The Royal Bank of Scotland (RBS) and its Irish subsidiary Ulster Bank are taking learnings from the likes of Amazon, Uber and SkyScanner in order to “keep up” with consumer expectations of “one-click” digital experiences.
But according to RBS’s commercial business and private bank marketing director, Maeve McMahon, and Ulster Bank’s head of commercial excellence, analytics and consumer insights, Jim McCormick, in order to do that they’ve first had to foster the “biggest turnaround in corporate history”.
It is a decade since RBS was at the centre of the banking crisis that precipitated the last global recession. In August 2008, the company reported a £691m pre-tax loss for the half-year and had to be bailed out by the UK government to the tune of more than £45bn. It has since reported 10 years of annual losses.
A series of crises followed, including a major technical meltdown that left many customers unable to access their money and a number of fines for, among other things, rigging Libor and foreign exchange markets.
Speaking to Marketing Week at Dreamforce in San Francisco, McMahon admitted the brand was “tarnished” during the crisis. But said the company has worked over the last decade to repair the damage and return to profit.
“There was a big crisis and at a macro-level RBS cost the British economy a lot of money. The last 10 years has been focused on cleaning up the balance sheet, getting through the legacy issues, returning the bank to profit and looking for the go-forward,” she said.
By “go forward”, McMahon, who has been with RBS for three years, is referring to the bank’s renewed focus on its customers.
“[The bank] could only do that once it had gotten through the big legacy issues it faced,” she explained.
“Marketing plays a key role in that because we are the voice of the customer in the room. We are the ones who have that insight on NPS [net promoter scores], we are the ones who can help rebuild trust by putting customers at the centre of what we do.”
Meeting customer expectations
However, having refocused the bank on its customers, McMahon admits it now faces a new challenge as customer expectations are impacted not by what is happening in banking but other industries. That means RBS must work on improving the digital side of the brand if it is to meet these expectations.
“Customers’ expectations are set by Uber and SkyScanner. How people can do things so quickly in other industries plays a role in how we do things in banking,” she said.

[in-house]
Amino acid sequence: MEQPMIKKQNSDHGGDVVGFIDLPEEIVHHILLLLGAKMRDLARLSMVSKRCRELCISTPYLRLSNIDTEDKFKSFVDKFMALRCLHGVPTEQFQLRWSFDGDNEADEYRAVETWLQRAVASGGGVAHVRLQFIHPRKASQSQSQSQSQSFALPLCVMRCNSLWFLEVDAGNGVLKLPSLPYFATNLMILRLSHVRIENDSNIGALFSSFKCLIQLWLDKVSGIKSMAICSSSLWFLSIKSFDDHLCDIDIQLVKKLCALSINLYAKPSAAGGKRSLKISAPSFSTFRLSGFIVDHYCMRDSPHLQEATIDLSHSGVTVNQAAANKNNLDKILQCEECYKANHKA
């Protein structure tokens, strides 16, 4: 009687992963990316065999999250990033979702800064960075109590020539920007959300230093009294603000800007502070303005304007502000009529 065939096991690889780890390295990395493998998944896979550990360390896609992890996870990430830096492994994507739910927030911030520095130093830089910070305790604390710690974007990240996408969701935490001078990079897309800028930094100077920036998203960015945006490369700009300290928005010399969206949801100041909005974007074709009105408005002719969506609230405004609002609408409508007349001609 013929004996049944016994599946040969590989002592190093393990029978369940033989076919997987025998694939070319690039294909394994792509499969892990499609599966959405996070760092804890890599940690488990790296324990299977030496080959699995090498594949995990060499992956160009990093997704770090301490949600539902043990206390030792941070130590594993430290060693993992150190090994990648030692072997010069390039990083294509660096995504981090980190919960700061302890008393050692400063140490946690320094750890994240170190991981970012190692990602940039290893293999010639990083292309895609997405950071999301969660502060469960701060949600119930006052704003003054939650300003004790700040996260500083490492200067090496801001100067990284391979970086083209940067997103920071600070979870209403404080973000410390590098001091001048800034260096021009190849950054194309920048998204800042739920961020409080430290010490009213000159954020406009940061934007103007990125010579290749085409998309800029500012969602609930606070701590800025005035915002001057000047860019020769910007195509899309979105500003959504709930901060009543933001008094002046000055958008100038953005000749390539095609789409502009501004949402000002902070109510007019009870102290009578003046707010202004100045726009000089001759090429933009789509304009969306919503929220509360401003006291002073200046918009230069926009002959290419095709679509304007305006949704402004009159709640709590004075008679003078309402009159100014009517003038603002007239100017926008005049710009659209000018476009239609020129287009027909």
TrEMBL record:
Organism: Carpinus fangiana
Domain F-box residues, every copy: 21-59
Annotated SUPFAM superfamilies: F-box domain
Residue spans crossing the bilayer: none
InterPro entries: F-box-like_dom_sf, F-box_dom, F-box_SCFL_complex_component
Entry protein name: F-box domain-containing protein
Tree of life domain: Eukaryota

“From a banking perspective, our digital channels give us an opportunity to make customer experiences quicker, cleaner and smoother.”
McCormick reiterates those comments, suggesting people want “one-click” experiences and it’s important RBS and Ulster make that happen. That makes simplicity vital when the brands create a digital journey, ensuring there are no stops or blockages.
Customers expectations are set by Uber and SkyScanner. How people can do things so quickly in other industries plays a role in how we do things in banking.
Maeve McMahon, RBS
“People want a one-click experience, so it’s important we make that happen. If a customer visits Amazon, that’s what happens, they click, they get the product,” he added.
Companies that don’t keep up with consumer expectations risk being disrupted, and there are a wealth of fintech startups from Monzo to Revolut moving into the finance space. To keep up with that, RBS is reportedly working on a standalone digital consumer bank called Bó (Danish for ‘to live’).
The pitfalls of digital
While digital opens up opportunities for the bank, there are pitfall such as data privacy to consider, according to McMahon. She notes that customers can often be unsure who is holding or using their data, with that particularly the case among the younger generation.
“Data privacy is something we have to be really careful about with our customers. Their data is critically important to them and us and we must safeguard that,” she said.
Nevertheless analysing data is critical to the bank because it allows them to understand what customers want and need at any specific point in their life, according to McCormick. “Clients have to move with the times and we see technology and data as one of our key enablers to allow them to do that and to serve them better,” he said.
“The key to success for us is to create one single customer view containing all that information because at the end of the day we need to understand the customer, their needs, their wants, their behaviours and all of that is expressed in data.”
Ulster Bank has experienced a significant increase in its net promoter score (NPS), managing to boost the figure by 10 points since it implemented Salesforce’s technology, which McCormick said allowed the brand to access “clean” data and information.
“We wanted to be the best bank for customer service and experience and since then we’ve seen a significant climb in NPS because tech allows our staff to have informed discussions with customers,” he explained.
McMahon added: “Thanks to technology, we were able to improve the relationship manager experience and have informed conversations, which has definitely helped drive NPS improvements. Putting the customer at the heart of the conversation is what it’s about.”
Despite the bank’s difficulties over the past decade, McMahon said people still want to work at the bank and be “part of the transformation story.”
“We’re going to pay a dividend in October and for a company that has gone through the biggest turnaround in corporate history, you think, ‘wow, that’s amazing, I’m part of that’,” she explained.
“There are people working in the bank today that were there 10 years ago and leadership has done a great job in supporting them. It’s been tough but you can see the end is near. You can see that we’re returning a profit, you can see the bank is moving to a much better place.”